For decades, the USDA-Outreach and Assistance for Socially Disadvantaged Farmers and Ranchers Program (also known as the Section 2501 Program) has served as the only farm bill program dedicated to addressing the specific needs of minority farmers and was recently expanded to also serve military veterans. The 2501 Program helps institutions and nonprofits provide critical resources, outreach, and technical assistance to serve these historically underserved producers.
The STAR School and its partners awarded the “Outreach and Assistance Program for Socially Disadvantaged and Veteran Farmers and Ranchers in Navajo Nation” to extend the existing school function to an Education Center, providing on-going assistance to the socially disadvantaged (SDA), veteran, and beginning farmers and ranchers in the 110 Chapters of Navajo Nation. The service areas cover several Strike Force counties and the former “Bennett Freeze” areas in Navajo Nation, where the development was frozen for 40 years. The majority of Navajo Nation is also considered as “Food Desert”.
• Arizona has the third largest American Indian population in U.S., with 22 federally recognized tribes and over 350,000 Native Americans.
• 47.3% of Arizona population is socially disadvantaged based on race (2013).
• Unemployment rate of Arizona reservations was 24.4% (2012).
• Over 500,000 Veterans live in Arizona.
• About 200,000 Veterans are under age of 55 and ~20% are unemployed.
The Overarching Goal of the Program is to assist SDA, veteran, and beginning producers in owning and operating successful agribusinesses, while increasing their participation in USDA programs and services.
o They are interested in learning the following topics: solar and renewable energies (100%); energy efficiency improvement (80%); water conservation and rain water harvesting (100%); ranching and meat processing (61%); on-site water treatments (41%); irrigation and water management (81%); and crop and yield improvements (81%).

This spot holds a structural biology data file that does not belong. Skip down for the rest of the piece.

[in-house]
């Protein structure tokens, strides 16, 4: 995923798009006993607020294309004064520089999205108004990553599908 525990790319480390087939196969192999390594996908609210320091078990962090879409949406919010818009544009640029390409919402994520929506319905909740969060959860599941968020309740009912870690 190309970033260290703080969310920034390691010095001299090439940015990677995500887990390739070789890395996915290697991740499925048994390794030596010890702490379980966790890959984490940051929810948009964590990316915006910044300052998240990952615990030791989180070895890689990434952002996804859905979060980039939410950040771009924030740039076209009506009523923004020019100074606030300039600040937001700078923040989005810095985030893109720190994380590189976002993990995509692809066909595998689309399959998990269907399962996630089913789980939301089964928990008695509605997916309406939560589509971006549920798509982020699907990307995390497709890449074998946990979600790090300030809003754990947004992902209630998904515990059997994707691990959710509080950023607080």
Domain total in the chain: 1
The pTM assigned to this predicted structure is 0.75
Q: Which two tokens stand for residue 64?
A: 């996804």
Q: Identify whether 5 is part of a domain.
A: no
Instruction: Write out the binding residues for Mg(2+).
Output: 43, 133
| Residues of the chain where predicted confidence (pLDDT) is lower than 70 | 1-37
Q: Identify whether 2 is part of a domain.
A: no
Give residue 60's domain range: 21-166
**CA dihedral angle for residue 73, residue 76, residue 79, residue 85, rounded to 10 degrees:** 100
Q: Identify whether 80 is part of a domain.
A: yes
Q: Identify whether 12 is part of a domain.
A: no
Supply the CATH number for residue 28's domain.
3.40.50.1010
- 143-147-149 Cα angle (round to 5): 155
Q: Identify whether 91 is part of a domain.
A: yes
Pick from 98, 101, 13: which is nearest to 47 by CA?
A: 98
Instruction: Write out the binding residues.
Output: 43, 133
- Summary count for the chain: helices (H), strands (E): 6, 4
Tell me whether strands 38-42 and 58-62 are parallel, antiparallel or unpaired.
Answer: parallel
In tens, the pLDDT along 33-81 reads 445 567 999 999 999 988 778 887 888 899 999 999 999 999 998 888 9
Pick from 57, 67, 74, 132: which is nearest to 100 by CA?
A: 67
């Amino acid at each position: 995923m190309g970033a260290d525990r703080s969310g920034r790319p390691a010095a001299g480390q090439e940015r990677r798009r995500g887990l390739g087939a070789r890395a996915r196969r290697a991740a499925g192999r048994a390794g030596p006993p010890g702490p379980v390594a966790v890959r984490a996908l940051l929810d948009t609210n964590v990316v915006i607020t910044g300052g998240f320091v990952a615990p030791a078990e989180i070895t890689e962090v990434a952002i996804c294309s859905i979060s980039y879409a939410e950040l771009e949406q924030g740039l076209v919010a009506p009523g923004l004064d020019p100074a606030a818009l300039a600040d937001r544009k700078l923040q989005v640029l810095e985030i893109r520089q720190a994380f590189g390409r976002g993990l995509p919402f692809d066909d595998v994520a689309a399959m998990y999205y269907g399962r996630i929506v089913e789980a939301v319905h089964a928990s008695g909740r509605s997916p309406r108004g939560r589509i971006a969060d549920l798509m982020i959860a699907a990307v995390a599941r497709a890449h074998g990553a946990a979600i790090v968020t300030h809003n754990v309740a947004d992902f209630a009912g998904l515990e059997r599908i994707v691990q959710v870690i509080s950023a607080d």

o 61% of the surveyed people stated that they have never worked with USDA assistance programs in the past, while 40% indicated they have worked with NRCS – about 19% worked with the Environmental Quality Incentives Program (EQIP), about 19% with NRCS – Conservation Innovation Grants (CIG), and 2% worked with the Rural Business Development Grant (RBDG).
o The people interviewed stated they would like to see these programs implemented in their community: farm-to-institution programs (100%); community garden plots (80%); agribusiness assistance for community members (80%); sustainable farming and ranching classes (81%); renewable energy and technology demonstration events (80%); commercial incubator for businesses (59%); and a local farmer’s market (98%).
o Preliminary results of 54 surveys showed that 22% of the people surveyed were farmers, 19% ranchers, 56% are both, and 4% are neither farmers nor ranchers. All of them agreed that the main challenge faced is the lack of water. Communities do not have reliable water sources and/or proper infrastructure to have a continued water supply. About 50% of them stated that weed control and pest control challenges affect their lands, while the rest believe that lack of education, funding, markets, soil, fencing, irrigation, and man power are also challenges that need to be addressed.
o Finally, when the surveyed people were asked which improvement they would do if they have funding available, all of them said they would improve the water infrastructure, water lines, and wells to have a better access to the resource. Other improvements include soil amendments, fencing, rain water harvesting, solar and wind renewable energies, man power force, and crop yield improvement.